The polishing pad applies to a diversity of applications including semiconductor wafer polishing known as chemical mechanical polishing (CMP) and other polishing applications for metal, ceramic, glass, wafers, hard disks etc., that use a liquid medium to carry and disperse the abrasive particles.
The invention will be more fully understood by reference to the following detailed description when considered in conjunction with the accompanying drawings, in which:
FIG. 1 is a partial cross-sectional view of a polishing pad in accordance with the invention;
FIG. 2 is a partial top view of the polishing pad of FIG. 1 during use;
FIG. 3 is a partial cross-sectional view along line B—B of the polishing pad of FIG. 2;
FIG. 4 is a partial cross-sectional view of a further embodiment of a polishing pad in accordance with the invention; and
FIG. 5 is a schematic illustration of a polishing pad in accordance with the invention in conjunction with a tool and polishing slurry and substrate to be polished.
The present invention relates to a polishing pad 10 that is utilized in conjunction with a polishing slurry 40 comprising a liquid medium that carries and disperses abrasive particles between the polishing pad and the surface 42 being polished. See FIG. 5. Referring to FIG. 1, the preferred embodiment of the polishing pad incorporates a layer 12 of a composite polishing material comprising a soluble fibrous component 14 encapsulated or embedded in a polymeric matrix component 16. The fibrous component is soluble in water or another solvent present in the polishing slurry at a rate sufficient to leave voids on the polishing surface of the pad. The solvent may be the dispersive phase of the abrasives or may be another material added to the slurry. In semiconductor wafer polishing, the slurry is typically an aqueous medium, and the solvent is thus water. Useful polymeric materials for the matrix component include most common structural polymers, such as polyurethanes, polyacrylates, polystyrenes, polyimides, polyamides, polycarbonates, and epoxies. Other polymers that have a rigidity sufficient to support the fibrous component may be used. An adhesive backing structure 18 is attached to the underside or backing surface 19 of the composite polishing material layer 12, so that the polishing pad may be affixed to a tool.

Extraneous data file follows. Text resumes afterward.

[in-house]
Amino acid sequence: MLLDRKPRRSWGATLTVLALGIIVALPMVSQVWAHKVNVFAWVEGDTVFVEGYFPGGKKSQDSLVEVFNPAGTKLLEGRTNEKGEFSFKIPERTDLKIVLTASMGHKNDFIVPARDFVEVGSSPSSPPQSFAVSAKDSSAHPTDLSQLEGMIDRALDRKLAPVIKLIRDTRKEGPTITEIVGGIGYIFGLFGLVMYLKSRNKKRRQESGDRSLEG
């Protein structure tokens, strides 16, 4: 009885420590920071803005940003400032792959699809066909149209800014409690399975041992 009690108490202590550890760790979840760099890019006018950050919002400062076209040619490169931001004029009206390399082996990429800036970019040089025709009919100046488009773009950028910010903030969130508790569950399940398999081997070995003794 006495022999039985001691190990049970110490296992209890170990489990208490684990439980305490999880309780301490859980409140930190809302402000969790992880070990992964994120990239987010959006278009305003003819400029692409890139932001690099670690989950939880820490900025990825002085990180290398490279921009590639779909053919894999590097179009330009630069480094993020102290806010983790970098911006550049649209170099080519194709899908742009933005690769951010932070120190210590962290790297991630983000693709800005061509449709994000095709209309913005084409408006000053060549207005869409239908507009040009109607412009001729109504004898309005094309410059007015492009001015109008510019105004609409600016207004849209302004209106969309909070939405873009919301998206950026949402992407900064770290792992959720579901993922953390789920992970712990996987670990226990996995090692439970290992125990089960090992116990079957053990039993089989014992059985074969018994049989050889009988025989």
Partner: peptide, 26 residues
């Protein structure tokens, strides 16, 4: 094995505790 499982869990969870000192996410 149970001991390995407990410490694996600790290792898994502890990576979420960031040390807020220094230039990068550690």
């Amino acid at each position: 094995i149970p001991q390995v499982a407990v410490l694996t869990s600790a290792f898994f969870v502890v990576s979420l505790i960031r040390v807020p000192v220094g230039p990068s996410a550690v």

Before use, the surface 20 of the polishing material is smooth, as illustrated in FIG. 1. Although fibers are exposed at the surface, no dissolution has occurred to roughen the surface. Once the solvent contacts the fibrous component at the surface, the fibrous component begins to dissolve, forming a void structure of pores 22 in the surface, as illustrated schematically in FIGS. 2 and 3. The pores on the surface of the polishing substance enhance the polishing rate and uniformity by increasing the mobility of the abrasives while reducing scratching of the polished surface. The pores act as temporary storage areas for the abrasive particles, thus reducing highly frictional contact between the abrasive particles and the polished surface.
The fibrous component may be formed of any suitable soluble fiber material, such as polyvinyl alcohol (PVAc), maleic acid, polyacrylic acid, various polysaccharides and gums, or derivatives of these materials. Copolymers of these polymers may also be used. The particular fiber material is selected depending on the particular solvent to be used and the intended polishing application. In semiconductor wafer polishing, the slurry typically uses an aqueous medium as the dispersive phase for the abrasive particles. Thus, water is typically the preferred solvent for this application, and PVAc, copolymers of PVAc, maleic acid, and derivatives of these materials are suitable for the fibrous component. Other solvents and fiber materials may be used, however, depending on the application.
For semiconductor wafer polishing, the fiber material is preferably chosen such that the rate of dissolution of the fibrous component in the dissolving medium is as fast as possible. Preferably, the fiber component dissolves as soon as it contacts the dissolving medium, so that no delay is needed before polishing can begin. For example, PVAc and maleic acid and their derivatives dissolve suitably quickly in water. The rate of dissolution can be controlled by the particular material chosen. For example, the salt of a compound can render the compound more or less hydrolyzable by an aqueous medium. Polymerization can also be used to control the dissolution rate. For example, increasing the molecular weight can slow the rate of dissolution.